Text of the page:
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NOTE: CentOS Enterprise Linux is built from the Red Hat Enterprise Linux source code. Other than logo and name changes CentOS Enterprise Linux is compatible with the equivalent Red Hat version. This document applies equally to both Red Hat and CentOS Enterprise Linux.

20.2. TCP Wrappers

Many UNIX system administrators are accustomed to using TCP wrappers to manage access to certain network services. Any network services managed by xinetd (as well as any program with built-in support for libwrap) can use TCP wrappers to manage access. xinetd can use the /etc/hosts.allow and /etc/hosts.deny files to configure access to system services. As the names imply, hosts.allow contains a list of rules that allow clients to access the network services controlled by xinetd, and hosts.deny contains rules to deny access. The hosts.allow file takes precedence over the hosts.deny file. Permissions to grant or deny access can be based on individual IP address (or hostnames) or on a pattern of clients. Refer to the Red Hat Enterprise Linux Reference Guide and hosts_access in section 5 of the man pages (man 5 hosts_access) for details.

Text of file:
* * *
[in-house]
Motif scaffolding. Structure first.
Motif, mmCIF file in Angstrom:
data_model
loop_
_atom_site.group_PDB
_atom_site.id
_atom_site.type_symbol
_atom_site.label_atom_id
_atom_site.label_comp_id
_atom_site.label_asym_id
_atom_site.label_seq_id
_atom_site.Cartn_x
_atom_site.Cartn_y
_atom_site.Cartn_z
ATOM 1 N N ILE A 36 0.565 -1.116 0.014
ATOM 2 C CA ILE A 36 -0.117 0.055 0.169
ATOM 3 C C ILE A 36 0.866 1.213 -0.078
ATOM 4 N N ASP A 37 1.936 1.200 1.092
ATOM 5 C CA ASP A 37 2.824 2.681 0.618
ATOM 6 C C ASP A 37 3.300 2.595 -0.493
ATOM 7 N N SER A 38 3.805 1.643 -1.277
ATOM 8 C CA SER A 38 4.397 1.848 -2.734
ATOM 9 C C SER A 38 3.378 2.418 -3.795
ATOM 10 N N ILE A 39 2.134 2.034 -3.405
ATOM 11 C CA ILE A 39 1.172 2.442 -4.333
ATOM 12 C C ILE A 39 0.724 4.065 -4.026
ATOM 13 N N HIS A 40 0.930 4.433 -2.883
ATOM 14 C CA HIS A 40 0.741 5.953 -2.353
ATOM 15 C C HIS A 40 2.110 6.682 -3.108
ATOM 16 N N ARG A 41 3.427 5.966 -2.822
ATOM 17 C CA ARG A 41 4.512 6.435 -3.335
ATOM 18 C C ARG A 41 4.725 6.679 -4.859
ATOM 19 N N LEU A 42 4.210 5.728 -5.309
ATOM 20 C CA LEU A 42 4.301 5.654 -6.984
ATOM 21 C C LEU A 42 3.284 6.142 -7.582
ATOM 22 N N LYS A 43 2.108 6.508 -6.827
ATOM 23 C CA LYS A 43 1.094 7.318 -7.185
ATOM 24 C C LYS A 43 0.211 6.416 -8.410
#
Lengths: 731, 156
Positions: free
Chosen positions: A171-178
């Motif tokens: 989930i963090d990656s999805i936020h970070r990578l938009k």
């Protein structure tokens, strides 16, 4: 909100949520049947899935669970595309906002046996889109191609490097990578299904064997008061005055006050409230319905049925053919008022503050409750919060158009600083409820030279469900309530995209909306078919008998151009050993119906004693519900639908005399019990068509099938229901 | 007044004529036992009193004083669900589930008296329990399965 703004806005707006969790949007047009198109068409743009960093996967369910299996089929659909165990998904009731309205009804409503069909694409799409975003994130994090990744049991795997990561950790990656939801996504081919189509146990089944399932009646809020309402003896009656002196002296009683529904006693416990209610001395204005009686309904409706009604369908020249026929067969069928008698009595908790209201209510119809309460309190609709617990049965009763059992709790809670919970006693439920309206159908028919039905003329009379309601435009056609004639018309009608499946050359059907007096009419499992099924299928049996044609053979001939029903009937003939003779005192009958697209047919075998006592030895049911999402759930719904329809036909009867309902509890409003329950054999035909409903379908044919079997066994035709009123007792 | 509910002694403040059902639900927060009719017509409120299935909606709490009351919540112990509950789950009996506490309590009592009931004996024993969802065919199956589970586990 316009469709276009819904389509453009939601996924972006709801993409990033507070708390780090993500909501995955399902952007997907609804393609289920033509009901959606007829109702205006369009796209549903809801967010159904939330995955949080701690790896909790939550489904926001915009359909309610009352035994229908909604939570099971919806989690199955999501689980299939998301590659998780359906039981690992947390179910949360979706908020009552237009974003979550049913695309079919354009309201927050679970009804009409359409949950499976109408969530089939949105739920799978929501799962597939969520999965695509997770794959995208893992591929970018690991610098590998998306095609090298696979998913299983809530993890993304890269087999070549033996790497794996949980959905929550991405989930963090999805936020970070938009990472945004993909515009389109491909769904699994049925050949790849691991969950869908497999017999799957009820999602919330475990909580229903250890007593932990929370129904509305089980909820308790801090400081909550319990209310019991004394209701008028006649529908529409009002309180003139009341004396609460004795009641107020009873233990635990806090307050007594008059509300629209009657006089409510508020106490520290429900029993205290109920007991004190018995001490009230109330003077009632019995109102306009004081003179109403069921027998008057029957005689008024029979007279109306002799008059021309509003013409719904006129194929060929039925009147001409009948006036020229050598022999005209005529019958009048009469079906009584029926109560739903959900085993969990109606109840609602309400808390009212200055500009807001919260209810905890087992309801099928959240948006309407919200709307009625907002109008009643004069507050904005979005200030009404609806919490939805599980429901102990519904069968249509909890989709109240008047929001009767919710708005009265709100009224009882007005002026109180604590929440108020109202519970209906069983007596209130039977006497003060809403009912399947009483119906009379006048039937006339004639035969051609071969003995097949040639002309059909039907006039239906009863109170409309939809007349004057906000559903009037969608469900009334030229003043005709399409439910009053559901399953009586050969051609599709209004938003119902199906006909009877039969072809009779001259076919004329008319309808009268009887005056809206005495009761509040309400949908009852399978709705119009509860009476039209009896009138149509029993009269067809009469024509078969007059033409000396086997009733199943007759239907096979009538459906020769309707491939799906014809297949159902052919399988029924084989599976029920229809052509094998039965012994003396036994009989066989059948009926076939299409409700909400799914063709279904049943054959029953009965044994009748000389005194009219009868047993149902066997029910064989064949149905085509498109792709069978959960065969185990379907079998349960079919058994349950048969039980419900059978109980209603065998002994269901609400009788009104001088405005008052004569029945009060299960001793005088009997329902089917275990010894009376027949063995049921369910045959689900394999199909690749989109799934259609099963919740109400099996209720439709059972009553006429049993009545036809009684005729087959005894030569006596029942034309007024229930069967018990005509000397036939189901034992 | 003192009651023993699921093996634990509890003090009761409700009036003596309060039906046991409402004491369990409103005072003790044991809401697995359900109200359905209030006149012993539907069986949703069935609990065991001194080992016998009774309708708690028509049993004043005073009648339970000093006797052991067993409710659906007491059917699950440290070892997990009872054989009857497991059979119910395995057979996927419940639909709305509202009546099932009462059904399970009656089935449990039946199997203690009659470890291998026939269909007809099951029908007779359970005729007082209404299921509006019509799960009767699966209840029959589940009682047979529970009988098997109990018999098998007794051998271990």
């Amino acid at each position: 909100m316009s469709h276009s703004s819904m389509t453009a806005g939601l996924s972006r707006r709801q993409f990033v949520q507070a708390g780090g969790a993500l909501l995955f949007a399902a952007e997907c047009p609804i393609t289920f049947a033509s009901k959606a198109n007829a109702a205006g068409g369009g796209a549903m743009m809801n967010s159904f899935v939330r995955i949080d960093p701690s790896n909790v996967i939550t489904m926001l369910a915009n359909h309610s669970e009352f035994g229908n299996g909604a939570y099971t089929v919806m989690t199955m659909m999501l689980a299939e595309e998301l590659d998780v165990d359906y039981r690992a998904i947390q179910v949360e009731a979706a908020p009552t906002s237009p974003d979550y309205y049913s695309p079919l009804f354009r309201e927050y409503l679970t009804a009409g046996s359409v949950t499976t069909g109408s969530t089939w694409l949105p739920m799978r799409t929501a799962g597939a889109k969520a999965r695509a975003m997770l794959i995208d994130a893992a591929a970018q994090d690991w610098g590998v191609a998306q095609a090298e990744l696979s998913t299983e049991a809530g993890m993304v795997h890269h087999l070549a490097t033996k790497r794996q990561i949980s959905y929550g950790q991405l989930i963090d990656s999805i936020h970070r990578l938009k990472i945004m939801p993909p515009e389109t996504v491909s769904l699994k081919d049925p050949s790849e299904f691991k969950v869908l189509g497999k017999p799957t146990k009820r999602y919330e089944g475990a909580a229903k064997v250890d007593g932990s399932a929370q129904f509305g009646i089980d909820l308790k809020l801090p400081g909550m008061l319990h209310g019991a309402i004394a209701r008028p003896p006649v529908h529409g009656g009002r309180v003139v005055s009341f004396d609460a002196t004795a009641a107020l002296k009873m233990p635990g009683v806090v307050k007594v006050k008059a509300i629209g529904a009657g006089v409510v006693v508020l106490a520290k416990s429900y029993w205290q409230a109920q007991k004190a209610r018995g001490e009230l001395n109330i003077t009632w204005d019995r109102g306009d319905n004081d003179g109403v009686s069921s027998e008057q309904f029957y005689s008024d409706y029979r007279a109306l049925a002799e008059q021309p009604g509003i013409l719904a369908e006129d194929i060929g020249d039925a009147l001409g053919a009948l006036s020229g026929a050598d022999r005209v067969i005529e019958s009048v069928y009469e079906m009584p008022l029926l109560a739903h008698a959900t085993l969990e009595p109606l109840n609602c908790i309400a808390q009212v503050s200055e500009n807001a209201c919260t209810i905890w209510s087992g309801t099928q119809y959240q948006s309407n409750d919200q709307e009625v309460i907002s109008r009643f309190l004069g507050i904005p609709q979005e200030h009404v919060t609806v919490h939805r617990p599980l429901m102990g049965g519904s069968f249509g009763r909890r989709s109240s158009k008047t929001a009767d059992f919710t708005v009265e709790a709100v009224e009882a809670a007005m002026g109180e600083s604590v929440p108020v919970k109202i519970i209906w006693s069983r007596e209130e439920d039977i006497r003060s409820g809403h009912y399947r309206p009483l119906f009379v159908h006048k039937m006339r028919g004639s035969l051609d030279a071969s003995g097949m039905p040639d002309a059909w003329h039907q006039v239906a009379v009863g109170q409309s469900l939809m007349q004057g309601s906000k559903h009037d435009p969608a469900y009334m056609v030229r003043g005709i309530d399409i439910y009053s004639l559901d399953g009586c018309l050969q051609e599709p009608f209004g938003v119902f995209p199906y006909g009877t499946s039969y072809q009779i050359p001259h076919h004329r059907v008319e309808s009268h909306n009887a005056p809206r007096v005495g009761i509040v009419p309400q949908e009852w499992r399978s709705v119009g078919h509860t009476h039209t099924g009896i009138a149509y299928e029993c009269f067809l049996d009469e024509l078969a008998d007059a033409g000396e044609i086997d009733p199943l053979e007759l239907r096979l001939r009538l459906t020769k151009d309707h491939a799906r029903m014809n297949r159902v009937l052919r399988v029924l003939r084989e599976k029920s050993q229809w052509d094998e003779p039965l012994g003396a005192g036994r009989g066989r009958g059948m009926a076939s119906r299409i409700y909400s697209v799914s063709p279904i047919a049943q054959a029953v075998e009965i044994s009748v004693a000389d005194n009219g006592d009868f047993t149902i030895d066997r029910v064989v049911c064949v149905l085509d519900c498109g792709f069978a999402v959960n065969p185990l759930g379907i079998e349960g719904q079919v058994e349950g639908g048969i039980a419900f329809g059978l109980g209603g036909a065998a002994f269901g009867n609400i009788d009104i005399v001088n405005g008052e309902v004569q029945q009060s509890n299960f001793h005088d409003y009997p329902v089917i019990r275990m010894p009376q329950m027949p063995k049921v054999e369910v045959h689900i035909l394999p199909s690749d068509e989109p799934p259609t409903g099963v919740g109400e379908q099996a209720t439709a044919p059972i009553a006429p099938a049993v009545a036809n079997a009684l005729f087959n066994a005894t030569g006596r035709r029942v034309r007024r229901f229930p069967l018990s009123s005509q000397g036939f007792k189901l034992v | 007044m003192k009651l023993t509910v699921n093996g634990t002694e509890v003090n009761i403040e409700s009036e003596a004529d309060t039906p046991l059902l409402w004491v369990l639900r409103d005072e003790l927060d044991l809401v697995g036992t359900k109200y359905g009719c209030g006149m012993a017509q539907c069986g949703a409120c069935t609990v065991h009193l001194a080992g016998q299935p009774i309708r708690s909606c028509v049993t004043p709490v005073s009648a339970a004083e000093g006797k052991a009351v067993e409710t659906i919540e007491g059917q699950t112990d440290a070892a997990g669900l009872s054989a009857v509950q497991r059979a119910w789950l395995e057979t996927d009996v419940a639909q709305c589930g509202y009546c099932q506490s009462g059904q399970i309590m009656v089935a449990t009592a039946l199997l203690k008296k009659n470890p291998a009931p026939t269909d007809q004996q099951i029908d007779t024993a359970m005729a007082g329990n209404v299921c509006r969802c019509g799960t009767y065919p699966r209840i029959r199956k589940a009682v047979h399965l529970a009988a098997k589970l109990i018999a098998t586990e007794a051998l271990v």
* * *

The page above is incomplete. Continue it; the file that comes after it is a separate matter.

20.2.1. xinetd

To control access to Internet services, use xinetd, which is a secure replacement for inetd. The xinetd daemon conserves system resources, provides access control and logging, and can be used to start special-purpose servers. xinetd can be used to provide access only to particular hosts, to deny access to particular hosts, to provide access to a service at certain times, to limit the rate of incoming connections and/or the load created by connections, and more

xinetd runs constantly and listens on all ports for the services it manages. When a connection request arrives for one of its managed services, xinetd starts up the appropriate server for that service.

The configuration file for xinetd is /etc/xinetd.conf, but the file only contains a few defaults and an instruction to include the /etc/xinetd.d directory. To enable or disable an xinetd service, edit its configuration file in the /etc/xinetd.d directory. If the disable attribute is set to yes, the service is disabled. If the disable attribute is set to no, the service is enabled. You can edit any of the xinetd configuration files or change its enabled status using the Services Configuration Tool, ntsysv, or chkconfig. For a list of network services controlled by xinetd, review the contents of the /etc/xinetd.d directory with the command ls /etc/xinetd.d.

  Published under the terms of the GNU General Public License Design by Interspire